Metro: Our History, Our Story

metro-our-history-our-story-january-february-2016As I stated in the last issue, our history runs deep and began with our parent organizations, the Las Vegas Police Department and the Clark County Sheriff’s Office. This article will talk about two officers I knew and worked around: Ocie Pigford and Frank Macauley.

Some of you may have heard of or read Truman Capote’s 1965 book, In Cold Blood: A True Account of a Multiple Murder and Its Consequences. What you may not know is that the two suspects were captured in Las Vegas.

Early on the morning of November 15, 1959, Herbert Clutter, a wheat farmer; his wife, Bonnie; their son, Kenyon; and their daughter, Nancy, were murdered in their home in Holcomb, Kansas. The suspects, Richard Eugene Hickock and Perry Edward Smith, two ex-convicts, entered the Clutter home through an unlocked door, in search of a safe they believed was hidden in the house. They woke, tied and gagged the family, then hunted for the safe that never existed. Intent on leaving no witnesses, they cut Mr. Clutter’s throat and shot him, then killed the rest of the family with gunshots to their heads. They left with less than $50 cash, an old radio and a pair of binoculars. They were headed out of Kansas.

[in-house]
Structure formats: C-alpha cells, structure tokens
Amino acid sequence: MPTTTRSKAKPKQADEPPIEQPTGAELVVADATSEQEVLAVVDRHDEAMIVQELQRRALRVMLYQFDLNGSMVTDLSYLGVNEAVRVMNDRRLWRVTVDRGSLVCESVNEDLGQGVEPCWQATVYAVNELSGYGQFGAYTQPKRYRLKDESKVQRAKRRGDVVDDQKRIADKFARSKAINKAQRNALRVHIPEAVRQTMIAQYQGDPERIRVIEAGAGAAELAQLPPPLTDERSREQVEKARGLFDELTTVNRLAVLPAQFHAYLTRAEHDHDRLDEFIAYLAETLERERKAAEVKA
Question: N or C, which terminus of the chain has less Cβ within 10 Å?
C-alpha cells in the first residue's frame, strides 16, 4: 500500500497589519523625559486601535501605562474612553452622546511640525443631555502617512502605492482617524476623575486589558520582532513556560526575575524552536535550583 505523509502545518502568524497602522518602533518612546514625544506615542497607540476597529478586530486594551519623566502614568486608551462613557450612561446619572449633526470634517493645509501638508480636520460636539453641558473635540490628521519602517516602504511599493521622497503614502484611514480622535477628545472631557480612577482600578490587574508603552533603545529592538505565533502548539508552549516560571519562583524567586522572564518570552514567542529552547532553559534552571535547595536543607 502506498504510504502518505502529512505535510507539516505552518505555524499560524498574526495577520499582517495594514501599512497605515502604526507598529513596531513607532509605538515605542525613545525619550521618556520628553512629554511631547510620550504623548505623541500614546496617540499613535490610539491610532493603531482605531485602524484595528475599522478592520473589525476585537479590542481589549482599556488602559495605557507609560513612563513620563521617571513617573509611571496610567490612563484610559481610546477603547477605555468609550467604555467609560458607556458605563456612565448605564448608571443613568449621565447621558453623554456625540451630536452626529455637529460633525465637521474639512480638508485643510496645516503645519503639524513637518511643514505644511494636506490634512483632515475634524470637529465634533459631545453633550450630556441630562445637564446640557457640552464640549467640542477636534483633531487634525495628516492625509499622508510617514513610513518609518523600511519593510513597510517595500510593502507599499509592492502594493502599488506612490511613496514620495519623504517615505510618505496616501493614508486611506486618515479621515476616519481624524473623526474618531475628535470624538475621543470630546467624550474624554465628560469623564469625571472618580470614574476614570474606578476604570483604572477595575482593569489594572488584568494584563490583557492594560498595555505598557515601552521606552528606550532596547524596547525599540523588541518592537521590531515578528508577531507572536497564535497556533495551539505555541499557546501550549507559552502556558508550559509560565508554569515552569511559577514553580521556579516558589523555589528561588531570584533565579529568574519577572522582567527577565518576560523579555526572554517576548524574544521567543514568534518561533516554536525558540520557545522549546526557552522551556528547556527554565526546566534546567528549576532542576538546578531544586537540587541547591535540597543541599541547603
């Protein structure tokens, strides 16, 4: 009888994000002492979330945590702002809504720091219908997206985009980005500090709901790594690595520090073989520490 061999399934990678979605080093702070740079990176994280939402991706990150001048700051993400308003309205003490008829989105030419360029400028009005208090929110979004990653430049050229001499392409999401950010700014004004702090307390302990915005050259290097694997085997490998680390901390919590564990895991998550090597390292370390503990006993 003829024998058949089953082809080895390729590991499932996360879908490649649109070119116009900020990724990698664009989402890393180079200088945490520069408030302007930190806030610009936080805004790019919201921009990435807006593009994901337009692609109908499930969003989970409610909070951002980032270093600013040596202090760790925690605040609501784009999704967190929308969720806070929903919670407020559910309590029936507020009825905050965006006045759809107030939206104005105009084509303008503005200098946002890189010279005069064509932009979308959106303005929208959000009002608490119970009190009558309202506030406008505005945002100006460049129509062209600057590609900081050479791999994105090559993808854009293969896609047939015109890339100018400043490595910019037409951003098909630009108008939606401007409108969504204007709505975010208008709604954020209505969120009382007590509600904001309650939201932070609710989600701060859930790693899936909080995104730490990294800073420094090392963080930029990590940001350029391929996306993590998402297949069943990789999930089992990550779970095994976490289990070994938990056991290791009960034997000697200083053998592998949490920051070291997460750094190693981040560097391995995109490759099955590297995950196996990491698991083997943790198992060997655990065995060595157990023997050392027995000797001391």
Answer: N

Early on the evening of December 30, 1959, Hickock and Smith were at the Las Vegas Post Office, today the National Museum of Organized Crime and Law Enforcement (Mob Museum), trying to pick up P# 13451 mail sent General Delivery. They were in a stolen 1956 Chevy.

Unseen by the killers, Officers Pigford and Macauley had spotted the car with an out-of-state plate and a JDLR (just don’t look right) Hickock standing next to it. They ran the plate through dispatch, and the answer was that it was a stolen car from Johnson County, Kansas. The officers settled in to watch for a possible second suspect. Shortly, Smith came out of the post office and got into the car. Both suspects were still unaware of the officers watching. Pigford and Macauley pulled up on the culprits and, at gunpoint, arrested two of the most notorious killers of that time.

Both men were extradited back to Kansas, where they stood trial and were convicted and sentenced to death. Five years later, on April 14, 1965, the killers were executed by hanging.

Had it not been for the two alert Las Vegas officers, the capture could have been long delayed at best, and other innocent people might have been killed.